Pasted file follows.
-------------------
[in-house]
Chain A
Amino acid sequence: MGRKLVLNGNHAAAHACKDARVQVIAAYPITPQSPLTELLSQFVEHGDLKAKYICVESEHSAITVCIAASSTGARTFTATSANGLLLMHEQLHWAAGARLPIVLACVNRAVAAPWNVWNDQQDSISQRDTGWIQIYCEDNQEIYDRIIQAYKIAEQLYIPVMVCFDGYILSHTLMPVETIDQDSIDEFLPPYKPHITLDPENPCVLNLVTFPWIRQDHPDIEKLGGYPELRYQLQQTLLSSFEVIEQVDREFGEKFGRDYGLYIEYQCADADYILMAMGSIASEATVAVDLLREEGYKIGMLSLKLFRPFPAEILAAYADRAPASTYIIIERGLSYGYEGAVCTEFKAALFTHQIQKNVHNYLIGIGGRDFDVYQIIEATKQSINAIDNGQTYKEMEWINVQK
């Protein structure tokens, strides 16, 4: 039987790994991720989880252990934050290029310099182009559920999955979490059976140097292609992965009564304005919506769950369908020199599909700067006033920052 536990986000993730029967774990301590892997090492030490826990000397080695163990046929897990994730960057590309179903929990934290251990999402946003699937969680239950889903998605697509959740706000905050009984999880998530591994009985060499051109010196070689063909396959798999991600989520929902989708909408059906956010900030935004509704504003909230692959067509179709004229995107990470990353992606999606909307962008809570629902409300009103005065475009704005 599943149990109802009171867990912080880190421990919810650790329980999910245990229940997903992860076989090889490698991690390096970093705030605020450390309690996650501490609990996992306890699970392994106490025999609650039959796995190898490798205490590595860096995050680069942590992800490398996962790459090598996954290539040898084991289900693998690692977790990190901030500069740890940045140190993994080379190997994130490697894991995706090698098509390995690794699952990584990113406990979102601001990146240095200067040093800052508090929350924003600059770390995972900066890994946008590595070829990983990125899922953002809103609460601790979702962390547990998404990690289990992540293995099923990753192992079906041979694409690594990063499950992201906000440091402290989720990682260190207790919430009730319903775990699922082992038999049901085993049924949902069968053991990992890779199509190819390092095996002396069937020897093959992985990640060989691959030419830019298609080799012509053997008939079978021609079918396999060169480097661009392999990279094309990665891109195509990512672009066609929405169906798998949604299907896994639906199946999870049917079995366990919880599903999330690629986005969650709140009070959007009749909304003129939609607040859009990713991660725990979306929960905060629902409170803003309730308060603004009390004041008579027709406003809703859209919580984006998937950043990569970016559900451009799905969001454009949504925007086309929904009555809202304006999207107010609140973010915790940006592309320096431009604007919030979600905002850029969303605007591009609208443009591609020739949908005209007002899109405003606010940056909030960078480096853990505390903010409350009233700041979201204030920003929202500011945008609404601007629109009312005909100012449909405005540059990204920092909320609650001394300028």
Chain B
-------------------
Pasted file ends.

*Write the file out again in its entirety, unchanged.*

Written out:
[in-house]
Chain A
Amino acid sequence: MGRKLVLNGNHAAAHACKDARVQVIAAYPITPQSPLTELLSQFVEHGDLKAKYICVESEHSAITVCIAASSTGARTFTATSANGLLLMHEQLHWAAGARLPIVLACVNRAVAAPWNVWNDQQDSISQRDTGWIQIYCEDNQEIYDRIIQAYKIAEQLYIPVMVCFDGYILSHTLMPVETIDQDSIDEFLPPYKPHITLDPENPCVLNLVTFPWIRQDHPDIEKLGGYPELRYQLQQTLLSSFEVIEQVDREFGEKFGRDYGLYIEYQCADADYILMAMGSIASEATVAVDLLREEGYKIGMLSLKLFRPFPAEILAAYADRAPASTYIIIERGLSYGYEGAVCTEFKAALFTHQIQKNVHNYLIGIGGRDFDVYQIIEATKQSINAIDNGQTYKEMEWINVQK
């Protein structure tokens, strides 16, 4: 039987790994991720989880252990934050290029310099182009559920999955979490059976140097292609992965009564304005919506769950369908020199599909700067006033920052 536990986000993730029967774990301590892997090492030490826990000397080695163990046929897990994730960057590309179903929990934290251990999402946003699937969680239950889903998605697509959740706000905050009984999880998530591994009985060499051109010196070689063909396959798999991600989520929902989708909408059906956010900030935004509704504003909230692959067509179709004229995107990470990353992606999606909307962008809570629902409300009103005065475009704005 599943149990109802009171867990912080880190421990919810650790329980999910245990229940997903992860076989090889490698991690390096970093705030605020450390309690996650501490609990996992306890699970392994106490025999609650039959796995190898490798205490590595860096995050680069942590992800490398996962790459090598996954290539040898084991289900693998690692977790990190901030500069740890940045140190993994080379190997994130490697894991995706090698098509390995690794699952990584990113406990979102601001990146240095200067040093800052508090929350924003600059770390995972900066890994946008590595070829990983990125899922953002809103609460601790979702962390547990998404990690289990992540293995099923990753192992079906041979694409690594990063499950992201906000440091402290989720990682260190207790919430009730319903775990699922082992038999049901085993049924949902069968053991990992890779199509190819390092095996002396069937020897093959992985990640060989691959030419830019298609080799012509053997008939079978021609079918396999060169480097661009392999990279094309990665891109195509990512672009066609929405169906798998949604299907896994639906199946999870049917079995366990919880599903999330690629986005969650709140009070959007009749909304003129939609607040859009990713991660725990979306929960905060629902409170803003309730308060603004009390004041008579027709406003809703859209919580984006998937950043990569970016559900451009799905969001454009949504925007086309929904009555809202304006999207107010609140973010915790940006592309320096431009604007919030979600905002850029969303605007591009609208443009591609020739949908005209007002899109405003606010940056909030960078480096853990505390903010409350009233700041979201204030920003929202500011945008609404601007629109009312005909100012449909405005540059990204920092909320609650001394300028």
Chain B